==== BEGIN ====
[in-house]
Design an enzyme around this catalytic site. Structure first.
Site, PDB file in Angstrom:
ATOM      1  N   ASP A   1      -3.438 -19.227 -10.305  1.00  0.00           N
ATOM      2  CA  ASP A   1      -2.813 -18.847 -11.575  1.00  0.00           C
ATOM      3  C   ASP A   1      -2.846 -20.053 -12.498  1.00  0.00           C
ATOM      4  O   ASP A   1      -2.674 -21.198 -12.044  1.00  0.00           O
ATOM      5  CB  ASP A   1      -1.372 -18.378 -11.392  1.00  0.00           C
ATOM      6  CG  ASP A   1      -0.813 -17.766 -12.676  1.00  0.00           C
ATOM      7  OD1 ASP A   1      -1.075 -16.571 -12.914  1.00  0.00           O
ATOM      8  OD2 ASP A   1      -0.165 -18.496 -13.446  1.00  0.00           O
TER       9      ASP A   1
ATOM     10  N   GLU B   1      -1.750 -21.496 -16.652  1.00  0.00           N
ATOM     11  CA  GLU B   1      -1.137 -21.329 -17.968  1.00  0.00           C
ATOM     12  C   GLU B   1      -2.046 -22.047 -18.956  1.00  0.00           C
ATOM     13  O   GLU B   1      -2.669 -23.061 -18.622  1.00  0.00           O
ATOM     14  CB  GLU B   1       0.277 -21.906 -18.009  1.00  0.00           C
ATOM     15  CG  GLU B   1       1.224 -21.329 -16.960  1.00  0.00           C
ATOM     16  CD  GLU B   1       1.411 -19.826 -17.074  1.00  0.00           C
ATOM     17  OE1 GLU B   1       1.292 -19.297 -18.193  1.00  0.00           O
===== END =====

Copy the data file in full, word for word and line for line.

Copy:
[in-house]
Design an enzyme around this catalytic site. Structure first.
Site, PDB file in Angstrom:
ATOM      1  N   ASP A   1      -3.438 -19.227 -10.305  1.00  0.00           N
ATOM      2  CA  ASP A   1      -2.813 -18.847 -11.575  1.00  0.00           C
ATOM      3  C   ASP A   1      -2.846 -20.053 -12.498  1.00  0.00           C
ATOM      4  O   ASP A   1      -2.674 -21.198 -12.044  1.00  0.00           O
ATOM      5  CB  ASP A   1      -1.372 -18.378 -11.392  1.00  0.00           C
ATOM      6  CG  ASP A   1      -0.813 -17.766 -12.676  1.00  0.00           C
ATOM      7  OD1 ASP A   1      -1.075 -16.571 -12.914  1.00  0.00           O
ATOM      8  OD2 ASP A   1      -0.165 -18.496 -13.446  1.00  0.00           O
TER       9      ASP A   1
ATOM     10  N   GLU B   1      -1.750 -21.496 -16.652  1.00  0.00           N
ATOM     11  CA  GLU B   1      -1.137 -21.329 -17.968  1.00  0.00           C
ATOM     12  C   GLU B   1      -2.046 -22.047 -18.956  1.00  0.00           C
ATOM     13  O   GLU B   1      -2.669 -23.061 -18.622  1.00  0.00           O
ATOM     14  CB  GLU B   1       0.277 -21.906 -18.009  1.00  0.00           C
ATOM     15  CG  GLU B   1       1.224 -21.329 -16.960  1.00  0.00           C
ATOM     16  CD  GLU B   1       1.411 -19.826 -17.074  1.00  0.00           C
ATOM     17  OE1 GLU B   1       1.292 -19.297 -18.193  1.00  0.00           O